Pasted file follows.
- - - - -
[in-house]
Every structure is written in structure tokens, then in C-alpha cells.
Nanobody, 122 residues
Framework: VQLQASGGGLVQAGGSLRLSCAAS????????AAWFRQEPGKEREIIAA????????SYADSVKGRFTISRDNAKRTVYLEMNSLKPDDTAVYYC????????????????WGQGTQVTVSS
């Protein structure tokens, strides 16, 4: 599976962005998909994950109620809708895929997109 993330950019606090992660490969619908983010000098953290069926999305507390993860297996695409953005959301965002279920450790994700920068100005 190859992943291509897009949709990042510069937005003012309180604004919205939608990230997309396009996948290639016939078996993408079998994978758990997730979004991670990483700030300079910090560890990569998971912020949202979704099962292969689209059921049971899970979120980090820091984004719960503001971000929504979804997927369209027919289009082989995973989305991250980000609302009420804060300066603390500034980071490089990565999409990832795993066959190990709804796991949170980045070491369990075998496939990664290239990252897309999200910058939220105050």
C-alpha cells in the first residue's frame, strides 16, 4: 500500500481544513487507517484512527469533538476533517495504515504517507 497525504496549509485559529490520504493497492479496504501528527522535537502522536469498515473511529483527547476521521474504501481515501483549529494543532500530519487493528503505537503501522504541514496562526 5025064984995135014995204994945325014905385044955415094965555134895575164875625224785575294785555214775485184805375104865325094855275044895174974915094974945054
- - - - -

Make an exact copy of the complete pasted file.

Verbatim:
[in-house]
Every structure is written in structure tokens, then in C-alpha cells.
Nanobody, 122 residues
Framework: VQLQASGGGLVQAGGSLRLSCAAS????????AAWFRQEPGKEREIIAA????????SYADSVKGRFTISRDNAKRTVYLEMNSLKPDDTAVYYC????????????????WGQGTQVTVSS
């Protein structure tokens, strides 16, 4: 599976962005998909994950109620809708895929997109 993330950019606090992660490969619908983010000098953290069926999305507390993860297996695409953005959301965002279920450790994700920068100005 190859992943291509897009949709990042510069937005003012309180604004919205939608990230997309396009996948290639016939078996993408079998994978758990997730979004991670990483700030300079910090560890990569998971912020949202979704099962292969689209059921049971899970979120980090820091984004719960503001971000929504979804997927369209027919289009082989995973989305991250980000609302009420804060300066603390500034980071490089990565999409990832795993066959190990709804796991949170980045070491369990075998496939990664290239990252897309999200910058939220105050």
C-alpha cells in the first residue's frame, strides 16, 4: 500500500481544513487507517484512527469533538476533517495504515504517507 497525504496549509485559529490520504493497492479496504501528527522535537502522536469498515473511529483527547476521521474504501481515501483549529494543532500530519487493528503505537503501522504541514496562526 5025064984995135014995204994945325014905385044955415094965555134895575164875625224785575294785555214775485184805375104865325094855275044895174974915094974945054